Increasing numbers of women have gained entry to formal political spaces. To what extent has this translated into their political influence, or into gains in policies that redress gendered inequities and inequalities? This article, from Democratization, explores the factors that affect and enable women’s political effectiveness in different democratic arenas. It argues that women’s political interests are not necessarily influenced by their sex, but by their “political apprenticeship”, or pathway into politics. To enhance the potential of women’s political participation, democracy itself must be democratized; including building new pathways into politics.
The target for the number of women in politics is set out in the Millennium Development Goals, but numbers do not equate with the pursuit of policies of gender equality, or increased representation of women’s issues. Factors other than sex shape women’s interests, including political skills and accountability relationships such as political party affiliation. The processes through which women enter politics, which in turn influence how they acquire political skill – in other words their “political apprenticeship” – is overlooked as a determinant of women’s interests. In relation to this:
- Affirmative action measures do not make parties more responsive to gender equality issues, nor do they construct electoral constituencies with a greater interest in gender equality.
- Women in office do not necessarily defend a feminist position on policies. For some, winning and keeping office is contingent upon downplaying feminist sympathies. Men too can adopt feminist positions and social justice concerns to garner broader-based political support to redress gender inequity.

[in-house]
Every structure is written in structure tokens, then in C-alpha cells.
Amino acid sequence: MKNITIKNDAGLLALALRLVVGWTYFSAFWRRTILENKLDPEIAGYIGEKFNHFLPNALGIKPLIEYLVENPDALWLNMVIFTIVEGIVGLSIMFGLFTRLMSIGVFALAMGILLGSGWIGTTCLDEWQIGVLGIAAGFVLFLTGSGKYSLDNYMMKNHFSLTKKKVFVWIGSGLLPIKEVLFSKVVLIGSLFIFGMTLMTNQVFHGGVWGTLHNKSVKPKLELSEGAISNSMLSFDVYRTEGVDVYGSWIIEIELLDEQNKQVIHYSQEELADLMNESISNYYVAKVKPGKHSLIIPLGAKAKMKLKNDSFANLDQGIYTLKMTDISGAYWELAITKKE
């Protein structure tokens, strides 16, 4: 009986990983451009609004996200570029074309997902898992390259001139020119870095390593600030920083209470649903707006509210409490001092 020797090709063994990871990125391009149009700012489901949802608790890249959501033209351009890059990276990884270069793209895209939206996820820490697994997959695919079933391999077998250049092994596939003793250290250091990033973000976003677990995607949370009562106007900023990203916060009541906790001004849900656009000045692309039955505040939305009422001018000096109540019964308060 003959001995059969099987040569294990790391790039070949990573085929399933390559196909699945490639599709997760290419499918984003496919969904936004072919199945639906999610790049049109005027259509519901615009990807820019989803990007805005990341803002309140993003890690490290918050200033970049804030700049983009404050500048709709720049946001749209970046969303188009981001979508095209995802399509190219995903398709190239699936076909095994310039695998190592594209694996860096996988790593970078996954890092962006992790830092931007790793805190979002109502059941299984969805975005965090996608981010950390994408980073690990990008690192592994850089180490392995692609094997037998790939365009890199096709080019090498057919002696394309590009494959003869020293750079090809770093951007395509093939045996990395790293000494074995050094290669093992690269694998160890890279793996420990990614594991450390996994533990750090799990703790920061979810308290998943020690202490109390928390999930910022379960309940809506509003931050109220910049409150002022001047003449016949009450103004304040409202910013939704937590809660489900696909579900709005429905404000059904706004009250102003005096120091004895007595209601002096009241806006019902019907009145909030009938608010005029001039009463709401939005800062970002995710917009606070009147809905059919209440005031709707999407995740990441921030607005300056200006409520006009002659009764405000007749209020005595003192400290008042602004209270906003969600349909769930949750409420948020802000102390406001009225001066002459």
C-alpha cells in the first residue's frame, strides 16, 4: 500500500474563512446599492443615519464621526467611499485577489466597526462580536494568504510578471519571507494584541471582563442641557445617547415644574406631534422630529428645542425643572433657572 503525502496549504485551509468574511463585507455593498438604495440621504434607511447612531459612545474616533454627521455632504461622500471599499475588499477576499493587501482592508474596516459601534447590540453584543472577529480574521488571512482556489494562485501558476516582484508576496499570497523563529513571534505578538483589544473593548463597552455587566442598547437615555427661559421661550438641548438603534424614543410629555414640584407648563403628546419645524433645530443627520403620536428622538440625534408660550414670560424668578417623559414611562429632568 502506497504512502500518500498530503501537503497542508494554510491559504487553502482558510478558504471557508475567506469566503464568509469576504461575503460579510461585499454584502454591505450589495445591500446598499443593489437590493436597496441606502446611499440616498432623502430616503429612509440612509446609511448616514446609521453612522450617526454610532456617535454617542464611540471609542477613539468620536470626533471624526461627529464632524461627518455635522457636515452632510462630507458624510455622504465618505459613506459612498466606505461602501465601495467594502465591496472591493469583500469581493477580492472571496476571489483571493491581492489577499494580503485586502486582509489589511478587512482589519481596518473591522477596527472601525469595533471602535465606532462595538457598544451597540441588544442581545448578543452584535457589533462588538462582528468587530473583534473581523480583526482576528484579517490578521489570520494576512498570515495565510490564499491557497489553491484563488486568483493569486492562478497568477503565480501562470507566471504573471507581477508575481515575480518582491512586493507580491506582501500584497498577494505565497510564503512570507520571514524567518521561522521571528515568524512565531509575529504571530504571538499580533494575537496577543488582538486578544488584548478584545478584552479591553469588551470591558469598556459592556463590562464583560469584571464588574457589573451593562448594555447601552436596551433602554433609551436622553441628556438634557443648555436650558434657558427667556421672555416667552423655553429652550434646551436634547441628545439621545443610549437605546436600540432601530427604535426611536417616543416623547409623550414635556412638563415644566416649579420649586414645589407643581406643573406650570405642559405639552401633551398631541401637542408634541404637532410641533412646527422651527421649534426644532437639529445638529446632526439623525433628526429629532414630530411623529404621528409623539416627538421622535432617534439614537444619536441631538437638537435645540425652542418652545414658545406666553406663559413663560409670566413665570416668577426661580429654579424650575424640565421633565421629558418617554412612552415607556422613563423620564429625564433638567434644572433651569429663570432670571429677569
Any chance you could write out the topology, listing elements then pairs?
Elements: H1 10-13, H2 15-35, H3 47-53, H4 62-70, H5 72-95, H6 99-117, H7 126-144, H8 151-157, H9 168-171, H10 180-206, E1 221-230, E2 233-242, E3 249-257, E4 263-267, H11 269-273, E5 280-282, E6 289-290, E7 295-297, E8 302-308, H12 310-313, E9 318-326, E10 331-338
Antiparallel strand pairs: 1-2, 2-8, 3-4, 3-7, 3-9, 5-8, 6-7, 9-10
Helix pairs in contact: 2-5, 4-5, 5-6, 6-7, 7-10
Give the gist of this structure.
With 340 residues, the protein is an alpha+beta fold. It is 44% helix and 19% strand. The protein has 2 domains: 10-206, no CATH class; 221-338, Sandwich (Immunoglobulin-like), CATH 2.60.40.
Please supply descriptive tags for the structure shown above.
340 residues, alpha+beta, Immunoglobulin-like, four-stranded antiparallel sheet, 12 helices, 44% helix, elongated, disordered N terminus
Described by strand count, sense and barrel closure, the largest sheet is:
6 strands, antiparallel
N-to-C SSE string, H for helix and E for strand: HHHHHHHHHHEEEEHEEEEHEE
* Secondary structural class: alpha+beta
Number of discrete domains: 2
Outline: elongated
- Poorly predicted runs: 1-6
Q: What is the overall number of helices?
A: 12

- How women get selected for leadership positions determines what issues are represented. Where there is no accountability or internal transparency about who leads and what policies are promoted, women leaders may not be connected with women’s concerns.
- Patronage systems or ‘women’s wings’ of political parties rarely lead to female solidarity.
- There is a general refusal on the part of political parties to introduce internal leadership quotas for women.
- Women’s movements are as diversely constituted and motivated as other civil society organisations. NGOs are permeable to, and often reproduce, existing political culture.
There is a need to facilitate political apprenticeship whilst at the same time creating the conditions for the effective articulation of positions that challenge the status quo. The paper also recommends:
- Donors must be circumspect about the potential for ‘invited spaces’, which can divert and dissipate social and political energy. Less structured support, given in solidarity for broader work rather than in response to project proposals, would be beneficial.
- Spaces outside formal political or deliberative arenas can incubate leaders and enable women to formulate positions, exchange perspectives and hone political skills. These include Brazil’s ‘escolas feministas’ that work with women within public office as well as would-be politicians and women representatives in other democratic spaces.